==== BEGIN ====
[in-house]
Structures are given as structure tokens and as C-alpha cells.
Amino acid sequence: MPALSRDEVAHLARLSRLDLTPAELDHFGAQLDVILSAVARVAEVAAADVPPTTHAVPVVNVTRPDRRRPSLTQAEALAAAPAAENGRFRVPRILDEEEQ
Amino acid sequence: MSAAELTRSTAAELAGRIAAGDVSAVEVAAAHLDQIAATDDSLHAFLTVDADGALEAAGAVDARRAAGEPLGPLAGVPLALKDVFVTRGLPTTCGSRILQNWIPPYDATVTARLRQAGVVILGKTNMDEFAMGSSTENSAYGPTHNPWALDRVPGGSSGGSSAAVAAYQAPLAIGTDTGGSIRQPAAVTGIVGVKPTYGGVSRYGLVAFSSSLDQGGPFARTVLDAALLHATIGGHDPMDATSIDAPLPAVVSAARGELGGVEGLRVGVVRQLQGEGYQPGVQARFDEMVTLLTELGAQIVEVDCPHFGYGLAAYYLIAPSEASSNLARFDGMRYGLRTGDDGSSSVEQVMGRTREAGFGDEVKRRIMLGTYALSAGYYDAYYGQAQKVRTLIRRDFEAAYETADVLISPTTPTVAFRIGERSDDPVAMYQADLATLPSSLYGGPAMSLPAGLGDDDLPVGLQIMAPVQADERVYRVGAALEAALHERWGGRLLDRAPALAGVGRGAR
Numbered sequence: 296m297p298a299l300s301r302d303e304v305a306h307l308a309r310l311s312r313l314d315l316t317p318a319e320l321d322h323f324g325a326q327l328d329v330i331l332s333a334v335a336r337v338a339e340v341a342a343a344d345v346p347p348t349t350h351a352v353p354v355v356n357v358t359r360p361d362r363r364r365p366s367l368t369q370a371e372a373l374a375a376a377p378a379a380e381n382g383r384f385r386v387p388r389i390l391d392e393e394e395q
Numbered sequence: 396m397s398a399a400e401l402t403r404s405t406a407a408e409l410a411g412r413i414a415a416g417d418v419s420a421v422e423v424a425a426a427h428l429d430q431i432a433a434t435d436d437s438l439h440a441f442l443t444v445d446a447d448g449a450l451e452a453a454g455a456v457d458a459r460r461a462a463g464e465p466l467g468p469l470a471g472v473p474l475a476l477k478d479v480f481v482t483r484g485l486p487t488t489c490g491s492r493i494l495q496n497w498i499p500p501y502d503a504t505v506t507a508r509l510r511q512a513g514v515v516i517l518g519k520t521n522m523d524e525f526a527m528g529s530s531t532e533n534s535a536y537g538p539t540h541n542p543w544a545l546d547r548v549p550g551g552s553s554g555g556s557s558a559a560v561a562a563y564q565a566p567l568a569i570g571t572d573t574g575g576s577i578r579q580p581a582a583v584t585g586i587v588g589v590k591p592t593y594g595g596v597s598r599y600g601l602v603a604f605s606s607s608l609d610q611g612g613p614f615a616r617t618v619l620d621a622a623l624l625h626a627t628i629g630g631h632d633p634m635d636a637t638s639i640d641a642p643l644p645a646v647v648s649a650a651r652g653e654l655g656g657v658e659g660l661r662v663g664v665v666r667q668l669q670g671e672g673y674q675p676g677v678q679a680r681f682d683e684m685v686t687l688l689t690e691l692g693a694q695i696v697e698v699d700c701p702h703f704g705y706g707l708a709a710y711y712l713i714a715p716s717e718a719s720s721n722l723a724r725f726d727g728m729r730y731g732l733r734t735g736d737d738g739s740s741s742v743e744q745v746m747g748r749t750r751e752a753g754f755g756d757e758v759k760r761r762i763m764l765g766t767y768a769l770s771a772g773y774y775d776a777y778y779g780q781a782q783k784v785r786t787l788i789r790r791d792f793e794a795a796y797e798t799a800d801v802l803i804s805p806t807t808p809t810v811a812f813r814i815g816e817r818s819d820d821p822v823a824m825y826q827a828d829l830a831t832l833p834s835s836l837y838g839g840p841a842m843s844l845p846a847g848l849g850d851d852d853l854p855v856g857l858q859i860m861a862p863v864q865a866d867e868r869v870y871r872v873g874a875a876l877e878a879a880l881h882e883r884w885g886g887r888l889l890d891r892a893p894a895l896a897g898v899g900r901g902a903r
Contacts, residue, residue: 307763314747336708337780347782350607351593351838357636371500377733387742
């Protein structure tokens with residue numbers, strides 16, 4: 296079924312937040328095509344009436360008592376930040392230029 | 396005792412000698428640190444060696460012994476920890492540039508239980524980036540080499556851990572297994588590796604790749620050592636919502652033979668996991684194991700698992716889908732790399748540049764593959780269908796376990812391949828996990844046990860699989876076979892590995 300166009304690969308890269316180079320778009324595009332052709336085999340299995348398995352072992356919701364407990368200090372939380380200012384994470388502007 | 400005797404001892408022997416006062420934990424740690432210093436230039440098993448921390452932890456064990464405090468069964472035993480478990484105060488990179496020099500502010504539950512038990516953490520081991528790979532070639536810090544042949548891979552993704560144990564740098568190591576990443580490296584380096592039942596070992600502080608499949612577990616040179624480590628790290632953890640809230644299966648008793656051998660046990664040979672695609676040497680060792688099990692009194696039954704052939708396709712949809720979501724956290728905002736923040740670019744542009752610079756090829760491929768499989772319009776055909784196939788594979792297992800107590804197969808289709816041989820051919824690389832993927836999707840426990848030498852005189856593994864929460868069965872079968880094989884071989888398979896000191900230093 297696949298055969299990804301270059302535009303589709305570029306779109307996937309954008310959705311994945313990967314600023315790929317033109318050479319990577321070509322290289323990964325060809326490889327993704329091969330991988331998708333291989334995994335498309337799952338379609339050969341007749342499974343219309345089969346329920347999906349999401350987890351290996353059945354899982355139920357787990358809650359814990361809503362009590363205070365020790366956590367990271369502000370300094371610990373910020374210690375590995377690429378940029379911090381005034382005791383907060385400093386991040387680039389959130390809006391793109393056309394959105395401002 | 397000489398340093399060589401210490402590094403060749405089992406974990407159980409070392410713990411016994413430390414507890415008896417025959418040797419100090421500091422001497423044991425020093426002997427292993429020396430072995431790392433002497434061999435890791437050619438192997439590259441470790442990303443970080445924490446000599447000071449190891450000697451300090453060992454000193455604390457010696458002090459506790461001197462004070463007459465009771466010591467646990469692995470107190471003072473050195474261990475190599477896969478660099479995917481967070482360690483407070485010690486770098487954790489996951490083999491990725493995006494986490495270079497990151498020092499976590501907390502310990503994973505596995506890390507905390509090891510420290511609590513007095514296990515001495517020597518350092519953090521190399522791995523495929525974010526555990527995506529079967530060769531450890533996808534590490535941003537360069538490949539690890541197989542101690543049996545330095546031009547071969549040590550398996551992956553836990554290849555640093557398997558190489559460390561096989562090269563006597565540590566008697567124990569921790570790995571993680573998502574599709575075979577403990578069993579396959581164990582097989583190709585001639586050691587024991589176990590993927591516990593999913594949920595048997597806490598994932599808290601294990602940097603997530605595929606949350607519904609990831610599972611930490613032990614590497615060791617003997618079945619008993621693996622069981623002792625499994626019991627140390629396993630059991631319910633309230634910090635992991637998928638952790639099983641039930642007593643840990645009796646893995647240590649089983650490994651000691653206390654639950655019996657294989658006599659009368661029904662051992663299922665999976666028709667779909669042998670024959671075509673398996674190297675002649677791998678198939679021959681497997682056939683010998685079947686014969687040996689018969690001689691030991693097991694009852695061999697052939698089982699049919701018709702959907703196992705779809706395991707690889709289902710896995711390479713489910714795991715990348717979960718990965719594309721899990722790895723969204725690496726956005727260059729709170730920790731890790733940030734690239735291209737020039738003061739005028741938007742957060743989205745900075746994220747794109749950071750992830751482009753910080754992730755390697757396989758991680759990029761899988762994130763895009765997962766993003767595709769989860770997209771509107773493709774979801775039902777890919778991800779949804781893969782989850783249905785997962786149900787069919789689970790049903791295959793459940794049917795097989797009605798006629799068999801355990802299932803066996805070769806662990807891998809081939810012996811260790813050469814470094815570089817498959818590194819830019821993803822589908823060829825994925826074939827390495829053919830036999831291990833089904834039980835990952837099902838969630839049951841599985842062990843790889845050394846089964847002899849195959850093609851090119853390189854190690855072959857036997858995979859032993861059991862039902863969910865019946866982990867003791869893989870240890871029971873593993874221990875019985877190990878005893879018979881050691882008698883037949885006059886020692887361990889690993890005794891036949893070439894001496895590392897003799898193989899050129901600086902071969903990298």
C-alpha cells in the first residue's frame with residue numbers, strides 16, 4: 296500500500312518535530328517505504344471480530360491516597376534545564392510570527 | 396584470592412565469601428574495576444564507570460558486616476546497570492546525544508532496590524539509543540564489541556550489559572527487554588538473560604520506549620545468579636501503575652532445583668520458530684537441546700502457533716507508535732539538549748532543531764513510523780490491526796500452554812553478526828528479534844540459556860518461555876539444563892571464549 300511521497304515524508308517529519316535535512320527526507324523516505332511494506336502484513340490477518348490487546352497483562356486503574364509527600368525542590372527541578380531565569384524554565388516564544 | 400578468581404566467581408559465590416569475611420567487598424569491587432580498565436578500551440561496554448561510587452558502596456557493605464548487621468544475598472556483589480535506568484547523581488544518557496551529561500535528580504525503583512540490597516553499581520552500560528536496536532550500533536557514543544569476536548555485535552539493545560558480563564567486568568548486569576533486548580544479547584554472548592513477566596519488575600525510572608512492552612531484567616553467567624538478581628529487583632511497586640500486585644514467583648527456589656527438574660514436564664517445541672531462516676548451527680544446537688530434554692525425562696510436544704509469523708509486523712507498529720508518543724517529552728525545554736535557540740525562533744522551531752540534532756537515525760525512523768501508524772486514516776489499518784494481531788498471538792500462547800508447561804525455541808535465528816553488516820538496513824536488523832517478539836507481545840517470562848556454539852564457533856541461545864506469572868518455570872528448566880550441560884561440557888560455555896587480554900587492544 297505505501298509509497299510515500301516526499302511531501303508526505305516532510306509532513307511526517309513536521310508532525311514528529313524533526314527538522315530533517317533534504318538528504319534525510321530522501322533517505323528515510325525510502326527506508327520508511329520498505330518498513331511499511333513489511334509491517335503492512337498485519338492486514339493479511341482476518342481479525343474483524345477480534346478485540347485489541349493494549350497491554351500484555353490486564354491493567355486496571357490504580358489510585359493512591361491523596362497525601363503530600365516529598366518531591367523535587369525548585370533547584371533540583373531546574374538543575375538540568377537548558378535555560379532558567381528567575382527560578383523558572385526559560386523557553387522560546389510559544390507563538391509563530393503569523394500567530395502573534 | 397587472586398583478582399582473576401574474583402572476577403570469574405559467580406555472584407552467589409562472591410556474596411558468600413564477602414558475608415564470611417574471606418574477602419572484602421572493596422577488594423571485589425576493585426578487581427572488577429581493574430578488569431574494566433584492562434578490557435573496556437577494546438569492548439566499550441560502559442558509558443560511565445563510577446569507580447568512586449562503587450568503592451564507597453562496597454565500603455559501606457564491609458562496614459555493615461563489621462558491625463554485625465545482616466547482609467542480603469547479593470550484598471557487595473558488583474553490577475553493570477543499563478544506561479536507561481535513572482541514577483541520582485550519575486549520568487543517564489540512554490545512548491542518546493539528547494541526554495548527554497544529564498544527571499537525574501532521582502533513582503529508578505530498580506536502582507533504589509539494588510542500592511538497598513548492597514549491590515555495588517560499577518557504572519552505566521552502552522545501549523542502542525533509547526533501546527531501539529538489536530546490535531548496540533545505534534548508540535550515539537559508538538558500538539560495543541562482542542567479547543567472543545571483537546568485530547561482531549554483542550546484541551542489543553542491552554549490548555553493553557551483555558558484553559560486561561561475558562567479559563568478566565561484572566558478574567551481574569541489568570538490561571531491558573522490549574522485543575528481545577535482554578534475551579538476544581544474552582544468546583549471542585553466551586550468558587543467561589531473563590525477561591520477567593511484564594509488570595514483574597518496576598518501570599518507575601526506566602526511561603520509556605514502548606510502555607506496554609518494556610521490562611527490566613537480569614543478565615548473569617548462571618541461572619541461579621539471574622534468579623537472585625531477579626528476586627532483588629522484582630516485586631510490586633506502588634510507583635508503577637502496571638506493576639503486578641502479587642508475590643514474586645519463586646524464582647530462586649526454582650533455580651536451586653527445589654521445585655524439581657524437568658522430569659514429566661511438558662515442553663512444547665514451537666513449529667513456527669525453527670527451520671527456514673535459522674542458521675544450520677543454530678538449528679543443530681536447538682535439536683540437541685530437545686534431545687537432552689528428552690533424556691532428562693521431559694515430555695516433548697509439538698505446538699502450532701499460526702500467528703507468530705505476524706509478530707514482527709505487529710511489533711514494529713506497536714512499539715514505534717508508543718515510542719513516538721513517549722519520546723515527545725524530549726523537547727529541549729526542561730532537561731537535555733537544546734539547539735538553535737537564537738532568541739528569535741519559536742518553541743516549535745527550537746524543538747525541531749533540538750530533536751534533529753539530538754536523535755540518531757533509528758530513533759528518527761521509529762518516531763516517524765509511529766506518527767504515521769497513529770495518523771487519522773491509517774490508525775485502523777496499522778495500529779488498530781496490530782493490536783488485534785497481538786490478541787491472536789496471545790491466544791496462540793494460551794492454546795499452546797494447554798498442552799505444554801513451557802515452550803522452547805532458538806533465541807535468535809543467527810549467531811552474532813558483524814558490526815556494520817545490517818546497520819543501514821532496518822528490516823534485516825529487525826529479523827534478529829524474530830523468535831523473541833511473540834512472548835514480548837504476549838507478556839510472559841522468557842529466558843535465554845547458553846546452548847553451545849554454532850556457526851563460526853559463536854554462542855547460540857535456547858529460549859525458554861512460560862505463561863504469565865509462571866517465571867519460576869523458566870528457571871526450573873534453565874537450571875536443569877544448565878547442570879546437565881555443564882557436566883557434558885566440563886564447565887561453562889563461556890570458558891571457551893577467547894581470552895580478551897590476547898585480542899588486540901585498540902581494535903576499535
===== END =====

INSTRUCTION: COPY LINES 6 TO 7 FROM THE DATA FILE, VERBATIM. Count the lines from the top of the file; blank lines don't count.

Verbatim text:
Numbered sequence: 396m397s398a399a400e401l402t403r404s405t406a407a408e409l410a411g412r413i414a415a416g417d418v419s420a421v422e423v424a425a426a427h428l429d430q431i432a433a434t435d436d437s438l439h440a441f442l443t444v445d446a447d448g449a450l451e452a453a454g455a456v457d458a459r460r461a462a463g464e465p466l467g468p469l470a471g472v473p474l475a476l477k478d479v480f481v482t483r484g485l486p487t488t489c490g491s492r493i494l495q496n497w498i499p500p501y502d503a504t505v506t507a508r509l510r511q512a513g514v515v516i517l518g519k520t521n522m523d524e525f526a527m528g529s530s531t532e533n534s535a536y537g538p539t540h541n542p543w544a545l546d547r548v549p550g551g552s553s554g555g556s557s558a559a560v561a562a563y564q565a566p567l568a569i570g571t572d573t574g575g576s577i578r579q580p581a582a583v584t585g586i587v588g589v590k591p592t593y594g595g596v597s598r599y600g601l602v603a604f605s606s607s608l609d610q611g612g613p614f615a616r617t618v619l620d621a622a623l624l625h626a627t628i629g630g631h632d633p634m635d636a637t638s639i640d641a642p643l644p645a646v647v648s649a650a651r652g653e654l655g656g657v658e659g660l661r662v663g664v665v666r667q668l669q670g671e672g673y674q675p676g677v678q679a680r681f682d683e684m685v686t687l688l689t690e691l692g693a694q695i696v697e698v699d700c701p702h703f704g705y706g707l708a709a710y711y712l713i714a715p716s717e718a719s720s721n722l723a724r725f726d727g728m729r730y731g732l733r734t735g736d737d738g739s740s741s742v743e744q745v746m747g748r749t750r751e752a753g754f755g756d757e758v759k760r761r762i763m764l765g766t767y768a769l770s771a772g773y774y775d776a777y778y779g780q781a782q783k784v785r786t787l788i789r790r791d792f793e794a795a796y797e798t799a800d801v802l803i804s805p806t807t808p809t810v811a812f813r814i815g816e817r818s819d820d821p822v823a824m825y826q827a828d829l830a831t832l833p834s835s836l837y838g839g840p841a842m843s844l845p846a847g848l849g850d851d852d853l854p855v856g857l858q859i860m861a862p863v864q865a866d867e868r869v870y871r872v873g874a875a876l877e878a879a880l881h882e883r884w885g886g887r888l889l890d891r892a893p894a895l896a897g898v899g900r901g902a903r
Contacts, residue, residue: 307763314747336708337780347782350607351593351838357636371500377733387742